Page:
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2018 cohort of newly-certified physician assistants is the youngest and largest yet

The data also shows encouraging employment opportunities for PAs, with most receiving multiple job offers.

Jeff Lagasse, Associate Editor

More than half a century after the first physician assistant class graduated in 1967, the profession is showing no signs of slowing down.

The latest Statistical Profile of Recently Certified Physician Assistants, published by the National Commission on Certification of Physician Assistants, indicates that 9,287 physician assistants were certified for the first time in 2018, a 26.5% increase from 2013.

Slightly more than 72% of the cohort are under 30 years old, making it the youngest group of certified PAs yet.

The annual report also reveals the profession is showing some progress in the area of diversity -- 14.4% of newly certified PAs identify as non-white and 7.6% indicate that they are of Hispanic, Latino(a) or Spanish origin. Like the larger PA workforce, women made up the majority of newly certified PAs, at 73.9%.

WHAT'S THE IMPACT

The data shows encouraging employment opportunities for this group of PAs. More than 74% of newly certified PAs who accepted a job received two or more offers, and a similar number, almost 72%, said they faced no challenges when conducting their job search.

Sixty-seven percent were offered incentives ranging from professional development to continuing medical education. And the median salary is $95,000 per year.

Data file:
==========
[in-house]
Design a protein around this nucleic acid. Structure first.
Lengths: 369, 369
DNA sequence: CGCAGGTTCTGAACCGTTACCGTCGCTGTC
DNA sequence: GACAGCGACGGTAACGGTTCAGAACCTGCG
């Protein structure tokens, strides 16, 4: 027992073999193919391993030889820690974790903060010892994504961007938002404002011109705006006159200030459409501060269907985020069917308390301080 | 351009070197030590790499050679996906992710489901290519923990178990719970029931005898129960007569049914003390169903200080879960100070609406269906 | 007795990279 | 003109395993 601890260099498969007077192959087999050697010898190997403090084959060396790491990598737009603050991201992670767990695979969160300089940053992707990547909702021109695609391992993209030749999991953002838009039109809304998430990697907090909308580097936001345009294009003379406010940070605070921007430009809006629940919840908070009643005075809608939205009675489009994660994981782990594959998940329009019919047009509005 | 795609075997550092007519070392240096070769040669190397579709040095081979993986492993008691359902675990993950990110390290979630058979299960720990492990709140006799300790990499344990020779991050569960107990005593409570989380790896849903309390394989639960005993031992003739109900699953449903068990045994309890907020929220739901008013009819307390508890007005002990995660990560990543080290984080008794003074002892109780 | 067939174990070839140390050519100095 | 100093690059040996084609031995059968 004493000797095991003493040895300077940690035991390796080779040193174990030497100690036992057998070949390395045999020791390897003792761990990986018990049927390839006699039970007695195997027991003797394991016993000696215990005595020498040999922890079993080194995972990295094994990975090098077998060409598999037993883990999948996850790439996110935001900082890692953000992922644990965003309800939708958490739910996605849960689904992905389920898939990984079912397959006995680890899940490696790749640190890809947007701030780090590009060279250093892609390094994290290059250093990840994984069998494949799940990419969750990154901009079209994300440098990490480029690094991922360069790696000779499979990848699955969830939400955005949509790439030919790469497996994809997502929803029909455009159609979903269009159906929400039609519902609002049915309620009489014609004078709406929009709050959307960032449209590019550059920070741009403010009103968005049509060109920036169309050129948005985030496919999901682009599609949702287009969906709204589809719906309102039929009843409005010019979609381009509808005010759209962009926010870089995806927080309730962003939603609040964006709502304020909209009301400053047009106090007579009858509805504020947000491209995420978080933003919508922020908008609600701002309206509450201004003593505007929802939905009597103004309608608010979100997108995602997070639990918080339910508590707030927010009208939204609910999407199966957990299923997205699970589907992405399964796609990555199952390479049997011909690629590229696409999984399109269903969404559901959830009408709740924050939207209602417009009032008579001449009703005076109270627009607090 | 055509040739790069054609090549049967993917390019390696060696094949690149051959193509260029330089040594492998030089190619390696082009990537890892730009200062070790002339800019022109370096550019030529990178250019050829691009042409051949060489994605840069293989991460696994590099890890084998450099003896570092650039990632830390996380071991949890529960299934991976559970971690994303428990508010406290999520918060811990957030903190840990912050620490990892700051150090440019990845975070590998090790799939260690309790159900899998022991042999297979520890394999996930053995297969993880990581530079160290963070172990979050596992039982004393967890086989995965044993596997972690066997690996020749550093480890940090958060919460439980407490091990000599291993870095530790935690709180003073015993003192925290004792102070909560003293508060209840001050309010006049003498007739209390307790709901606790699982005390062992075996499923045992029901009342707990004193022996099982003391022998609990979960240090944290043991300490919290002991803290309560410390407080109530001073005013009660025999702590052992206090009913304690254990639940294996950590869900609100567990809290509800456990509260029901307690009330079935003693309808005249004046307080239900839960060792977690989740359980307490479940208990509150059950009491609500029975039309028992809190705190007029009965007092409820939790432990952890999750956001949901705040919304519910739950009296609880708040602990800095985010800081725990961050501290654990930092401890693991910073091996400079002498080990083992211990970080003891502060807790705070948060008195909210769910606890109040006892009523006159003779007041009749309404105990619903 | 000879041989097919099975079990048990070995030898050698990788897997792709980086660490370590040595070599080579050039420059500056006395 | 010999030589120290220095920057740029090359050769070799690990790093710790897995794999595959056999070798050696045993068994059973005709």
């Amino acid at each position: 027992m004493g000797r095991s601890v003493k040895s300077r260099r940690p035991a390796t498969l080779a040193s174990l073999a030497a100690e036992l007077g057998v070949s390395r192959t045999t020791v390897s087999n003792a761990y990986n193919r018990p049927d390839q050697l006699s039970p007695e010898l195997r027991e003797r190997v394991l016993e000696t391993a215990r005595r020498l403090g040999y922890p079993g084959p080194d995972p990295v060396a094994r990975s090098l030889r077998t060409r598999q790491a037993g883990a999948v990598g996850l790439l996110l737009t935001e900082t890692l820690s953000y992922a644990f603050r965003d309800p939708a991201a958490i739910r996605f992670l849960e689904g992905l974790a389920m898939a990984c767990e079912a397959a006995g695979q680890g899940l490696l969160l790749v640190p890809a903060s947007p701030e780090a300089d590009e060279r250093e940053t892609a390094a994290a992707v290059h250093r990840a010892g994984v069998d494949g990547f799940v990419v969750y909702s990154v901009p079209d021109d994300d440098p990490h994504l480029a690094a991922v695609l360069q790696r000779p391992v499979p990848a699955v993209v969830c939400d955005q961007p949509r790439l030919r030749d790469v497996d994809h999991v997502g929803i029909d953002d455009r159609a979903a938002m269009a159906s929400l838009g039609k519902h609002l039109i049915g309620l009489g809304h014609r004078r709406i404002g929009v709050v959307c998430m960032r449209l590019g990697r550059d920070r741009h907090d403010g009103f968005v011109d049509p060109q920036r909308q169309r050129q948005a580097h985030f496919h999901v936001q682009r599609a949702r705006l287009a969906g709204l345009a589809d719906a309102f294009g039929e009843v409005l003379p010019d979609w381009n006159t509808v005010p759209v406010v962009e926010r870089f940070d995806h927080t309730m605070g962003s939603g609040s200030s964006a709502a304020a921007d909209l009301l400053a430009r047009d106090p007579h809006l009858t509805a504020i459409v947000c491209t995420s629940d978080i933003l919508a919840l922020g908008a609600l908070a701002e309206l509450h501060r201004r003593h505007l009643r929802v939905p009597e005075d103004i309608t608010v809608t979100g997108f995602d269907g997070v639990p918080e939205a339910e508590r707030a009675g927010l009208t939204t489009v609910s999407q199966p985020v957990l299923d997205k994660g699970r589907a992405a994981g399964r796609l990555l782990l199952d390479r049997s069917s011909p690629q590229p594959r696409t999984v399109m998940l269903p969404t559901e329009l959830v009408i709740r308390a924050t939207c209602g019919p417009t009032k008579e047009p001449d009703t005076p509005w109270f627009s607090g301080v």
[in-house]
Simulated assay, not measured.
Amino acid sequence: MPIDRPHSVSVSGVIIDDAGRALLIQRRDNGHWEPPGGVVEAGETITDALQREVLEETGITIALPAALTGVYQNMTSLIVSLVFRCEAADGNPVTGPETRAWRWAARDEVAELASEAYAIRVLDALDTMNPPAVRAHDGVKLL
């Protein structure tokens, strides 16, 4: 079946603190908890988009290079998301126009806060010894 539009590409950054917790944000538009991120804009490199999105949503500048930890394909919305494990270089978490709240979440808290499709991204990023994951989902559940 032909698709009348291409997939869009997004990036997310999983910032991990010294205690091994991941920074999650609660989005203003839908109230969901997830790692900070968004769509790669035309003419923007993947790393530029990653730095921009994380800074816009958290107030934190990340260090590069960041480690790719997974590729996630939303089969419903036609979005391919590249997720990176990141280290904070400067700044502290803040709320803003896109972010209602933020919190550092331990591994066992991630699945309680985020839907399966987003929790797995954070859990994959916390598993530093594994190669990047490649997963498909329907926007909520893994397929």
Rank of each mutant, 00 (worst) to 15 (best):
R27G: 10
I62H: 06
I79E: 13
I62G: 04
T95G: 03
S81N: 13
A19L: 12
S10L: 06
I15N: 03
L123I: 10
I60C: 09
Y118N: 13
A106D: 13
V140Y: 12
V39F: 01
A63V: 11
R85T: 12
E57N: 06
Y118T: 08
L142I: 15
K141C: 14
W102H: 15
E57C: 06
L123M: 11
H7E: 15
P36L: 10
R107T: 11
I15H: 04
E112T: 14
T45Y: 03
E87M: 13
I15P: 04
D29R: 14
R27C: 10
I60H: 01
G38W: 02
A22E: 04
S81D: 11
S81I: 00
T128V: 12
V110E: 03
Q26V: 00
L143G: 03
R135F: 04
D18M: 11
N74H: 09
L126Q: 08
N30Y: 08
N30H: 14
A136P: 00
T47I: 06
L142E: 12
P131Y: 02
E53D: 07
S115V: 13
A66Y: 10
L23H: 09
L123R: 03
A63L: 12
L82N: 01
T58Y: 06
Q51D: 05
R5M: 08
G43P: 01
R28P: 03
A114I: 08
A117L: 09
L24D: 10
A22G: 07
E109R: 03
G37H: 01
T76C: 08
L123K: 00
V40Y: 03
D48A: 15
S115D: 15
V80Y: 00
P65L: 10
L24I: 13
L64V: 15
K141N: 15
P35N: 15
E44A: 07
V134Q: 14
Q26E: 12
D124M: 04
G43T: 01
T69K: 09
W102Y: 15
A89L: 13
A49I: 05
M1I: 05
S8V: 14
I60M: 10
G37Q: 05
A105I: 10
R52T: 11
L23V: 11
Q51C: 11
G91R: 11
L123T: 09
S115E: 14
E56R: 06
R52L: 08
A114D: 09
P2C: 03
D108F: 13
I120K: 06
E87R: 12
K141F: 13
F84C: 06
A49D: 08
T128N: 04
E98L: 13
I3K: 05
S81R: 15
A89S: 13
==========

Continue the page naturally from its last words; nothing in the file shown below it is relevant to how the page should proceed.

Among the other findings are that 24% of newly certified PAs who have accepted a job are working in primary care, with the highest percentage in family medicine/general practice, surgical subspecialties and emergency medicine; 62.2% have a total educational debt of more than $100,000; and 22.1% said they communicate with patients in a language other than English.

Physician assistant is consistently ranked as one of the top jobs in America, most recently by U.S. News and World Report as No. 1 in the Best Health Care Jobs of 2019.

THE LARGER TREND

Physician assistants are poised to become an even more important cog in the healthcare machinery as the U.S. is in the midst of an ongoing physician shortage. Shortages of primary care physicians in particular are already gripping parts of the country -- which is especially alarming given that access to PCPs has been shown to prolong patients' lives.

In early 2018, Congress passed a change to Medicare allowing physician assistants to manage and provide hospice care to terminally ill Medicare patients. PAs are also allowed to supervise cardiac and pulmonary rehabilitation programs under the Medicare program.

Twitter: @JELagasse

Email the writer: jeff.lagasse@himssmedia.com